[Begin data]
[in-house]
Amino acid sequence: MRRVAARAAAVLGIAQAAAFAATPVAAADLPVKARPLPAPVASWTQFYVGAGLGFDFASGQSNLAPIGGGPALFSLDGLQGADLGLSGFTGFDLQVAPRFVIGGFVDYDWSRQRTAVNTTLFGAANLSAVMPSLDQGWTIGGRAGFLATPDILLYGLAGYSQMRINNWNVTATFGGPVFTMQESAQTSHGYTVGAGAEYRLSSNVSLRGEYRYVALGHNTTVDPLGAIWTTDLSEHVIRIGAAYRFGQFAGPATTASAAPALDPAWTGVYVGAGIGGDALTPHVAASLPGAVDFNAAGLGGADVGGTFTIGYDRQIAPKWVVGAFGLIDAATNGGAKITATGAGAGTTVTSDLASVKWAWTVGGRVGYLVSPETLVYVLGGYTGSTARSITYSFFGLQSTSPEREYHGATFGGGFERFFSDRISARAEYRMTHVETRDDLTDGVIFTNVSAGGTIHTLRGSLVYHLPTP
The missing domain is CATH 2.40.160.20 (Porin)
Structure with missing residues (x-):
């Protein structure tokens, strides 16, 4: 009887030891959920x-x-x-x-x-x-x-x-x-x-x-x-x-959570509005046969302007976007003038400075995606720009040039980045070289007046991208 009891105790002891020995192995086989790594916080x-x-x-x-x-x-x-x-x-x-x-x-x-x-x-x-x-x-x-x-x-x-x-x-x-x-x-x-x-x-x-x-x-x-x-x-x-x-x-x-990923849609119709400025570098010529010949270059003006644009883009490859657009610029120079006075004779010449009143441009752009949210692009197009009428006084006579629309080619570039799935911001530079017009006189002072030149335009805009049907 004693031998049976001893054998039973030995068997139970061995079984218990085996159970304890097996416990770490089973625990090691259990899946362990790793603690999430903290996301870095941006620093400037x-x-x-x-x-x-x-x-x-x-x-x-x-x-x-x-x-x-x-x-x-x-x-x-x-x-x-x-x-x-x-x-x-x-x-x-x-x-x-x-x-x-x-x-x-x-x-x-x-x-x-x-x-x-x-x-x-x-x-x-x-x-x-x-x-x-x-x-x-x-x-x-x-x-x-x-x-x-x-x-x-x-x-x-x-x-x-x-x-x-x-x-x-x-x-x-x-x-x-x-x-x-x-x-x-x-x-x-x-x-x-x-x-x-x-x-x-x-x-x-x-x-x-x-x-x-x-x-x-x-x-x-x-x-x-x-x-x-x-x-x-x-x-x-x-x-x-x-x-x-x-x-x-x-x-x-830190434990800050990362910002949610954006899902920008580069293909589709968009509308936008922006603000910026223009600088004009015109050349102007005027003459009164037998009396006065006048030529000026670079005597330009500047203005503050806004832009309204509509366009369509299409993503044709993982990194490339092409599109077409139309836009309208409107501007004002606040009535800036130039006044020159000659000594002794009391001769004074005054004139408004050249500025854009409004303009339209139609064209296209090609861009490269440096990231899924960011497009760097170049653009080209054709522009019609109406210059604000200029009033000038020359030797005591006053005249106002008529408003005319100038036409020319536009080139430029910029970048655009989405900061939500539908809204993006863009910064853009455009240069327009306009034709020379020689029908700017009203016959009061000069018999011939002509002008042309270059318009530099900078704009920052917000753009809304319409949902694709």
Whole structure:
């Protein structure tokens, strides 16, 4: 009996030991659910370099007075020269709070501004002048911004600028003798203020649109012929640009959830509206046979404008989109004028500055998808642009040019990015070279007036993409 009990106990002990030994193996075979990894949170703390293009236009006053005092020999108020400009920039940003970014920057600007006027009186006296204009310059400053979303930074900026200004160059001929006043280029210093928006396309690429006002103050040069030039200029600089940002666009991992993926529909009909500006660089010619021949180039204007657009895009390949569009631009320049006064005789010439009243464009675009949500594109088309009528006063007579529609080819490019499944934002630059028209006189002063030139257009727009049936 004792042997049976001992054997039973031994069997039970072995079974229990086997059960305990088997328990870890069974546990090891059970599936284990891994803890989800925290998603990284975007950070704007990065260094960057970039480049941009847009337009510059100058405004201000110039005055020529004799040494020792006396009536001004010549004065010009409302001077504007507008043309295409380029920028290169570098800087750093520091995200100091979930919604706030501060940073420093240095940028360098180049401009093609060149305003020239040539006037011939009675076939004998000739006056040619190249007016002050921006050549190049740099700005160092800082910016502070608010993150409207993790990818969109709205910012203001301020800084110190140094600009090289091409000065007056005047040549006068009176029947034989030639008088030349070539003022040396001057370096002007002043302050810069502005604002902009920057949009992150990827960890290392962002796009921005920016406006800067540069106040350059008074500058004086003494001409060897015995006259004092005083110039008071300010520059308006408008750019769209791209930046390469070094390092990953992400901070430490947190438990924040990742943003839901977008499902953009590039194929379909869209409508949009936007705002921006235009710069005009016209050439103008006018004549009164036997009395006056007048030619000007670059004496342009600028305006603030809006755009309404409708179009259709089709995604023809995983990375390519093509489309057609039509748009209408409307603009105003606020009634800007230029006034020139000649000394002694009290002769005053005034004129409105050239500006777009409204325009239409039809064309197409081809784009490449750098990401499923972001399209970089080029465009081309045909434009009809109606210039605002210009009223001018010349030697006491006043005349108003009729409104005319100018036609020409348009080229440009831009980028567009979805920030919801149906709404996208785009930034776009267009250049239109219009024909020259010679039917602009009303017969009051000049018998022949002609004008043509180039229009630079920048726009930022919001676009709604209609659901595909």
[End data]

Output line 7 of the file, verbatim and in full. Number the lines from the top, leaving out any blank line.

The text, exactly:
């Protein structure tokens, strides 16, 4: 009996030991659910370099007075020269709070501004002048911004600028003798203020649109012929640009959830509206046979404008989109004028500055998808642009040019990015070279007036993409 009990106990002990030994193996075979990894949170703390293009236009006053005092020999108020400009920039940003970014920057600007006027009186006296204009310059400053979303930074900026200004160059001929006043280029210093928006396309690429006002103050040069030039200029600089940002666009991992993926529909009909500006660089010619021949180039204007657009895009390949569009631009320049006064005789010439009243464009675009949500594109088309009528006063007579529609080819490019499944934002630059028209006189002063030139257009727009049936 004792042997049976001992054997039973031994069997039970072995079974229990086997059960305990088997328990870890069974546990090891059970599936284990891994803890989800925290998603990284975007950070704007990065260094960057970039480049941009847009337009510059100058405004201000110039005055020529004799040494020792006396009536001004010549004065010009409302001077504007507008043309295409380029920028290169570098800087750093520091995200100091979930919604706030501060940073420093240095940028360098180049401009093609060149305003020239040539006037011939009675076939004998000739006056040619190249007016002050921006050549190049740099700005160092800082910016502070608010993150409207993790990818969109709205910012203001301020800084110190140094600009090289091409000065007056005047040549006068009176029947034989030639008088030349070539003022040396001057370096002007002043302050810069502005604002902009920057949009992150990827960890290392962002796009921005920016406006800067540069106040350059008074500058004086003494001409060897015995006259004092005083110039008071300010520059308006408008750019769209791209930046390469070094390092990953992400901070430490947190438990924040990742943003839901977008499902953009590039194929379909869209409508949009936007705002921006235009710069005009016209050439103008006018004549009164036997009395006056007048030619000007670059004496342009600028305006603030809006755009309404409708179009259709089709995604023809995983990375390519093509489309057609039509748009209408409307603009105003606020009634800007230029006034020139000649000394002694009290002769005053005034004129409105050239500006777009409204325009239409039809064309197409081809784009490449750098990401499923972001399209970089080029465009081309045909434009009809109606210039605002210009009223001018010349030697006491006043005349108003009729409104005319100018036609020409348009080229440009831009980028567009979805920030919801149906709404996208785009930034776009267009250049239109219009024909020259010679039917602009009303017969009051000049018998022949002609004008043509180039229009630079920048726009930022919001676009709604209609659901595909």